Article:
What I keep thinking about….

June 18th, 2021

Todd has arranged this tour so well, with appropriate documentaries, movies and music setting the stage for each stop. Life is busy, and it’s good to have the time to watch, read and learn, focused totally on the Civil Rights period, and, for me, what it has to say about the time we currently live in. And that’s exactly what I keep coming back to. I’m from Minnesota, and the events there surrounding George Floyd’s murder have been heavy on my mind for the past year. Over and over, in the things I read and hear on this trip, I see that the excuses that have been made in the past year to counter anti-racism and Black Lives Matter initiatives, for example, are exactly what was said in the 1960’s. Nothing we’ve seen in this past year is really new. This troubles me so much. Would our friends and families, or would WE have been the ones fighting integration if we had lived through the 1960’s? We like to think that we’ve come so far, but really, have we?

Roseann Sachs

Day 7 – The Power and Legacy of Music

June 18th, 2021

The importance and role of music has been one of the themes throughout this bus tour. Today we visited the recently opened National Museum of African American Music in Nashville, Tennessee. It is worth a trip to visit Nashville even if this is all you decide to experience! The exhibits were fun, engaging, informative, and aesthetically brilliant. There are touchscreens where you can download playlists of music from 1619 to the present. There are also different interactive rooms where you can put on a robe and sing with a gospel choir, follow along with a dance instructor as you dance to different eras of music, etc. All of this is recorded and then emailed to you. As a public historian, I loved all of this.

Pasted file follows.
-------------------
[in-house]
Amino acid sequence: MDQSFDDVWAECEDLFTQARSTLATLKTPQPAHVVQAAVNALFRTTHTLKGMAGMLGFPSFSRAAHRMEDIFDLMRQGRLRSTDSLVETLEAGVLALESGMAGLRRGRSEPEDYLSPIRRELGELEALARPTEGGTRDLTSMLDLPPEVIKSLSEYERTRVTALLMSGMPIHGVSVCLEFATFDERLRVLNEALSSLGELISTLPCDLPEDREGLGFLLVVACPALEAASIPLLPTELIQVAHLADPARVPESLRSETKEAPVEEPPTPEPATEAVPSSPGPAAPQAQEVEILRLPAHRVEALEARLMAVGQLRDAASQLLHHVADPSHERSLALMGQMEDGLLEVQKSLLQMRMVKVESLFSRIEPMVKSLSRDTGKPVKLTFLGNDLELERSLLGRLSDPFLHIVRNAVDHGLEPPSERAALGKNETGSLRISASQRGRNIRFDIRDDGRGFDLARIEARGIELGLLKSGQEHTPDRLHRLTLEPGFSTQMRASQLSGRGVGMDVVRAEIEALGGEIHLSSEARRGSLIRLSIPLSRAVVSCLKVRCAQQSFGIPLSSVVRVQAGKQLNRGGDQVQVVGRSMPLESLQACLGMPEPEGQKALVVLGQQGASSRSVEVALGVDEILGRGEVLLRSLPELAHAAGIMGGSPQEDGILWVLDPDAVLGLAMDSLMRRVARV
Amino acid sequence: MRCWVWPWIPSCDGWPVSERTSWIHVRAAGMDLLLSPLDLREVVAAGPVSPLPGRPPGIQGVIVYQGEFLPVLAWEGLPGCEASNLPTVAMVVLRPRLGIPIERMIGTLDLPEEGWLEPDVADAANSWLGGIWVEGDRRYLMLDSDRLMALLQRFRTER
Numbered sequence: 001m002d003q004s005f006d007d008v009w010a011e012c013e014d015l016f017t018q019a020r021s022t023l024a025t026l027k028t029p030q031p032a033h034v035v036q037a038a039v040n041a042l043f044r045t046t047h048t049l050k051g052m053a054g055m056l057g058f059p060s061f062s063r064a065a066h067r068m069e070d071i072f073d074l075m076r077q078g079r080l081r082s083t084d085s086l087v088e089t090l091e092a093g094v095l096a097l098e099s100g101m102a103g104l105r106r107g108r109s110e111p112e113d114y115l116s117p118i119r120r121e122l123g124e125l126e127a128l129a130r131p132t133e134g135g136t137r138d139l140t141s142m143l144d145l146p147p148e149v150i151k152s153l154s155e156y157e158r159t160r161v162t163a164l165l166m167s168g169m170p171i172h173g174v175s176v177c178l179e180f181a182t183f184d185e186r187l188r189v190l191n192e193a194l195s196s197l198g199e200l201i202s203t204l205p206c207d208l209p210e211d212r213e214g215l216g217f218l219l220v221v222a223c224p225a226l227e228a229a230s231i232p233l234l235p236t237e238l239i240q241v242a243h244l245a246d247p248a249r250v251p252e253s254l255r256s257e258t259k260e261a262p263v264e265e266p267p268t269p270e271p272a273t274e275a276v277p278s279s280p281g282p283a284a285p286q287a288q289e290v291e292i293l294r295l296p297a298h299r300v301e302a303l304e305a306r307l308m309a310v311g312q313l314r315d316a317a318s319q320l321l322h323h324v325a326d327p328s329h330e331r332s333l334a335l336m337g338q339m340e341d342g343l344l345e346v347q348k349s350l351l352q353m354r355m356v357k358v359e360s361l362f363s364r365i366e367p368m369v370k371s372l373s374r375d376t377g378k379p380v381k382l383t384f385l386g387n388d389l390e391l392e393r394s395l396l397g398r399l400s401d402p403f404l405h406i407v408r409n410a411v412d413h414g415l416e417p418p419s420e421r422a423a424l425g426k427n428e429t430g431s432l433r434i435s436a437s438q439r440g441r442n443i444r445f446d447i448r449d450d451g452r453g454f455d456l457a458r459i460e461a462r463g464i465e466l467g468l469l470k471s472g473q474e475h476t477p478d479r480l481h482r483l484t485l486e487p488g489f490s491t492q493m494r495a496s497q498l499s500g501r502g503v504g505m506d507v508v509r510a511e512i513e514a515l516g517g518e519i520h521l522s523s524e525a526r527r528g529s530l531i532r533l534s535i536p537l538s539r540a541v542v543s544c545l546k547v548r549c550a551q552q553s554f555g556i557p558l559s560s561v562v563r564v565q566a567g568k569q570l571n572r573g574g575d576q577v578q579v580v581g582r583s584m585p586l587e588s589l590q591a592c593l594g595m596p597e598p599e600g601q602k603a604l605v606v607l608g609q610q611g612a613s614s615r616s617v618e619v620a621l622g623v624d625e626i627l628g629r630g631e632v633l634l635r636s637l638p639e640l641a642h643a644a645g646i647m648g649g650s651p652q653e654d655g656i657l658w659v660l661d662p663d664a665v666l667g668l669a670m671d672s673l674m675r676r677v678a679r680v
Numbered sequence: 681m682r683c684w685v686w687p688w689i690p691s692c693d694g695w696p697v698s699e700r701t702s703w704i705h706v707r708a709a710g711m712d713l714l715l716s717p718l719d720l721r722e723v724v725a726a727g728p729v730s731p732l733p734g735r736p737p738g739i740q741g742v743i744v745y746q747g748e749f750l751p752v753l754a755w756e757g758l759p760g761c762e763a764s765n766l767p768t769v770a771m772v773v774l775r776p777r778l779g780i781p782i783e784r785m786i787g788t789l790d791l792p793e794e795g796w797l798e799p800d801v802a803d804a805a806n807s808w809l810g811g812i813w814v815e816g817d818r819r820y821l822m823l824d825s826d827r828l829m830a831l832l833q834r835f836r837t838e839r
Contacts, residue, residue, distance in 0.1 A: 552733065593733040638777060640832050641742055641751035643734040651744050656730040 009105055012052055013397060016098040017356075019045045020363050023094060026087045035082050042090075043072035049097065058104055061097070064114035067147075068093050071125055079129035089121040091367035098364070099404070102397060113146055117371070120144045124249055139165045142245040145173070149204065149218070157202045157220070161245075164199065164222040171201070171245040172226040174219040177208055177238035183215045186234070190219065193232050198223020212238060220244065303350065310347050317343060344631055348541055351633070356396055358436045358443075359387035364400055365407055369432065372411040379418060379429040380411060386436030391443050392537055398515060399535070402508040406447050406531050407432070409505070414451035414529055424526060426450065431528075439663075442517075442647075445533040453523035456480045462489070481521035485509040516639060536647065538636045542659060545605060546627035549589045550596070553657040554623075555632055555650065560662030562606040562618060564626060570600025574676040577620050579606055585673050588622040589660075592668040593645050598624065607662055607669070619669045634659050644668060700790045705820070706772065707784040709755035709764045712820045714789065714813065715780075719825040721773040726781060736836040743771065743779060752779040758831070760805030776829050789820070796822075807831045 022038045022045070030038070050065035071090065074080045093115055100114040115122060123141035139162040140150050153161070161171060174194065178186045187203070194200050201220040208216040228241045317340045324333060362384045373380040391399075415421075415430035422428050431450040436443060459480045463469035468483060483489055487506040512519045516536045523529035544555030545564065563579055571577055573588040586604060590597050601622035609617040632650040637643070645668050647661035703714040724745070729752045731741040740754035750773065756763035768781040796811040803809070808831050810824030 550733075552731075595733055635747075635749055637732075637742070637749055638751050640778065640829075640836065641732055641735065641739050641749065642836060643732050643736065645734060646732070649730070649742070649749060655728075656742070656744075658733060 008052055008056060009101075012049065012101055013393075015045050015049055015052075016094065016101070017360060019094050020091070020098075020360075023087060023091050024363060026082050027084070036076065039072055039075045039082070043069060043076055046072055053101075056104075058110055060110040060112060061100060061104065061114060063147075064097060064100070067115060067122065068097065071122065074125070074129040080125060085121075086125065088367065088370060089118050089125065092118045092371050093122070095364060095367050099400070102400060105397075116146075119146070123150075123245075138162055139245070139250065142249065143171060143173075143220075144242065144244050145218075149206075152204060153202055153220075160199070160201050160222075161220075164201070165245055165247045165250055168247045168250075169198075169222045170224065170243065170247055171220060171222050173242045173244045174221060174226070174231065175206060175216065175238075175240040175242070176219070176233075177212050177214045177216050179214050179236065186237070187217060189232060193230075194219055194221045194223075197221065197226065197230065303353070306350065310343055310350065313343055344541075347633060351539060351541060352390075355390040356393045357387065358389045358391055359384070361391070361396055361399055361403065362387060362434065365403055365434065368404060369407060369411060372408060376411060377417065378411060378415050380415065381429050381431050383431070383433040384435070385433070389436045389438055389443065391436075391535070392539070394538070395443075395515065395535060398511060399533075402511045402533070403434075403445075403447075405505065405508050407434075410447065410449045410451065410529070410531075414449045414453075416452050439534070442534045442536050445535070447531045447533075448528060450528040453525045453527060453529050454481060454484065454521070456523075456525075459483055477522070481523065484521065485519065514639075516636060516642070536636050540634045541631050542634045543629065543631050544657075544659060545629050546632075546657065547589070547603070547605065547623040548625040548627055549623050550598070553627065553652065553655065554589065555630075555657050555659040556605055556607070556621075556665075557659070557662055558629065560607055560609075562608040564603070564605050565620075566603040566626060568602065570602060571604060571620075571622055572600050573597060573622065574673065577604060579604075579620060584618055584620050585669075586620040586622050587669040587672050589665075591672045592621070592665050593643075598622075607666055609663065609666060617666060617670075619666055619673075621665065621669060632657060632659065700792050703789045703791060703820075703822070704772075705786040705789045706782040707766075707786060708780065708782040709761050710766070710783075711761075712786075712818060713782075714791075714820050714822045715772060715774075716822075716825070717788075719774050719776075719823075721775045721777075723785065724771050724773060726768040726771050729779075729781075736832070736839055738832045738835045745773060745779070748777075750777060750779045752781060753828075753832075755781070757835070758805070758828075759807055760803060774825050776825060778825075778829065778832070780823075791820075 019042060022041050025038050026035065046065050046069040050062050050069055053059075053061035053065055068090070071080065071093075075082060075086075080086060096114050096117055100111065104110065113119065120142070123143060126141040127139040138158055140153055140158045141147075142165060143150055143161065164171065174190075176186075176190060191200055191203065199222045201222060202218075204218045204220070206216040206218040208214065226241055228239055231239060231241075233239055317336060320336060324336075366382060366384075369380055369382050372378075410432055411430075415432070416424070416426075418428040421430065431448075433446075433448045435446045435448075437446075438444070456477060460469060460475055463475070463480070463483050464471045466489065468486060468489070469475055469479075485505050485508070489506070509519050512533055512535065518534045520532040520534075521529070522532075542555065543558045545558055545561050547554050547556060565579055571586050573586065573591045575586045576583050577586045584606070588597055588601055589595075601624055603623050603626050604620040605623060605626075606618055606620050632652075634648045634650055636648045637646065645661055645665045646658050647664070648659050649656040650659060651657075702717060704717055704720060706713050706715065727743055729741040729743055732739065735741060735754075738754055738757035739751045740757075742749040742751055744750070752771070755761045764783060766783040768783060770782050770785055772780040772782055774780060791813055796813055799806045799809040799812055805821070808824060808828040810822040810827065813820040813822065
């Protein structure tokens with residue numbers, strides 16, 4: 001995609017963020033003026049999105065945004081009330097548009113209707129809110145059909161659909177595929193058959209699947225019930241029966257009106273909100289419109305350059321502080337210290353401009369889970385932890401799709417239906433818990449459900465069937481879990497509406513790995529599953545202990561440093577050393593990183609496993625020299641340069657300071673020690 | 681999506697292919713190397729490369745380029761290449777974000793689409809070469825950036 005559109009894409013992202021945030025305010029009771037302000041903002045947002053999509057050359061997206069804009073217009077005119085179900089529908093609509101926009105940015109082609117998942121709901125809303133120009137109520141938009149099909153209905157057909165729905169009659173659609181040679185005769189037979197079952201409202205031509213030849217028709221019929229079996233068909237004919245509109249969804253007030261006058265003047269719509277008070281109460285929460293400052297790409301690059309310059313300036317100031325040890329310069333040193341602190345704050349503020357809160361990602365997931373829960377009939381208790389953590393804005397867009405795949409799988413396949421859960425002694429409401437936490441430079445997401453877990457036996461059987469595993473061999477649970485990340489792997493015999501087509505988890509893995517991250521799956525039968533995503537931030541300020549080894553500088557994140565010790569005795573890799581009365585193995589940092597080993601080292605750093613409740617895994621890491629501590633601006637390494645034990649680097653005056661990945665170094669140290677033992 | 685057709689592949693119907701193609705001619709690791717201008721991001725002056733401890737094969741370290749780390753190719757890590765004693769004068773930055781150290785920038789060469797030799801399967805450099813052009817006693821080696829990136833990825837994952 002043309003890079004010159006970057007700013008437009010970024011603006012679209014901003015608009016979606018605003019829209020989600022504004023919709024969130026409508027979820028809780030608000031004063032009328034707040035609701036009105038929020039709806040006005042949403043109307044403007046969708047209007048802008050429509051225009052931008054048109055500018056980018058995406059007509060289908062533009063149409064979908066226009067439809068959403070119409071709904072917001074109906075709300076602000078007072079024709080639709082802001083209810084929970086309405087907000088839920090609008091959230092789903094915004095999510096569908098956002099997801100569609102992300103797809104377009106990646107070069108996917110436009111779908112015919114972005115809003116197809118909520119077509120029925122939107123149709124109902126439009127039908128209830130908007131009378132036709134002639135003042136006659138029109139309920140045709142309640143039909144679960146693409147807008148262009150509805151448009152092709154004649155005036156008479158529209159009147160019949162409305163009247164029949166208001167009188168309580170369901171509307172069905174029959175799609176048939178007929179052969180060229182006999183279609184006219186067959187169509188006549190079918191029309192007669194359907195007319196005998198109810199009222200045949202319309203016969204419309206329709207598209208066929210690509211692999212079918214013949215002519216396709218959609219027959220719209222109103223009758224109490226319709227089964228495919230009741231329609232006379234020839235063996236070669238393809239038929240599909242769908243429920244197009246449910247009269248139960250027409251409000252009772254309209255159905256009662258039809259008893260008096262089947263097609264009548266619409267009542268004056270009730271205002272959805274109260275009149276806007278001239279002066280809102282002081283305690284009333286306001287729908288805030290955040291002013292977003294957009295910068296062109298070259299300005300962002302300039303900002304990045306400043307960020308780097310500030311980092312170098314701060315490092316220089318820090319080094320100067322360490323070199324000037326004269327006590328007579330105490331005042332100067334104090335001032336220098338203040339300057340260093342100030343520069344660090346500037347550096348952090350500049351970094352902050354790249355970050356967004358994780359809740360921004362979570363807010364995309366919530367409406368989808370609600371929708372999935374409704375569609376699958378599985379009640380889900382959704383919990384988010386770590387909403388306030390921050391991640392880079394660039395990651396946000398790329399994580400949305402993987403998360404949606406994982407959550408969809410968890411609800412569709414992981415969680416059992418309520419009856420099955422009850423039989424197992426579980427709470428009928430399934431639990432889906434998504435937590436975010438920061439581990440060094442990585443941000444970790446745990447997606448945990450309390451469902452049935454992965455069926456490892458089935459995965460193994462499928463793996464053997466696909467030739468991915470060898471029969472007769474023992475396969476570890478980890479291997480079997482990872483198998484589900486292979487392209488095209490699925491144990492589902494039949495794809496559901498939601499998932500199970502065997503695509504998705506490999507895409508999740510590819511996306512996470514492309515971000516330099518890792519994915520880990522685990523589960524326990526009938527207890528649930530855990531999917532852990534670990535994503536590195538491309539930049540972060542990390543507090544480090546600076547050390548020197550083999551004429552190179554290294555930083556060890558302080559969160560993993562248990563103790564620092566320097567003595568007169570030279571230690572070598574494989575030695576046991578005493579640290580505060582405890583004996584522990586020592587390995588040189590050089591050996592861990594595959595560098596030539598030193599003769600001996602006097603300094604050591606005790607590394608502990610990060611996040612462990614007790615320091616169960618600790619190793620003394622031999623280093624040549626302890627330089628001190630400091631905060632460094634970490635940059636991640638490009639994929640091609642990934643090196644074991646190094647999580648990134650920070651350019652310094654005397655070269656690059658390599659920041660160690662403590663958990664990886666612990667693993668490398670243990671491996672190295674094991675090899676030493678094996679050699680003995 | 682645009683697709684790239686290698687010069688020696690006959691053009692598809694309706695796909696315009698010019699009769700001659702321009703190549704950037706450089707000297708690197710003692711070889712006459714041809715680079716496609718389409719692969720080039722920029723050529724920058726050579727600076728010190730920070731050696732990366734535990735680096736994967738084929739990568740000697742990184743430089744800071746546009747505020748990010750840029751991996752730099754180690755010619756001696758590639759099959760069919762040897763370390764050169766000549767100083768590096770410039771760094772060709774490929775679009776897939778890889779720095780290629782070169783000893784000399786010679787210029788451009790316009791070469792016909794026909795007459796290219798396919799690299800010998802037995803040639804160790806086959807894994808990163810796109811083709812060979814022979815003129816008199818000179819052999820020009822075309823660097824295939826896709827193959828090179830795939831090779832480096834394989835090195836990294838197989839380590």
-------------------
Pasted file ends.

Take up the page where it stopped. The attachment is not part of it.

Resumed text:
As I toured the museum, I reflected on the history of music, including the beauty and culture enslaved Africans and black Americans brought to what is currently the U.S.

There are songs to express resilience and solidarity – “We Shall Overcome” or Sam Cooke’s “A Change Is Gonna Come.” Music to worship and express joy – “Oh Happy Day.” Songs of resistance during slavery and the Civil Rights Movement, i.e. “Wade in the Water.” Songs of lament, grief, and protest like Abel Meeropol’s “Strange Fruit” (famously performed by Billie Holiday which led to her arrest numerous times). Music that empowered and celebrated black pride including James Brown’s “Say It Loud, I’m Black and I’m Proud.” Powerful lyrical words of protest and political struggle like Public Enemy’s “Fight the Power” and Beyoncé and Kendrick Lamar’s “Freedom.”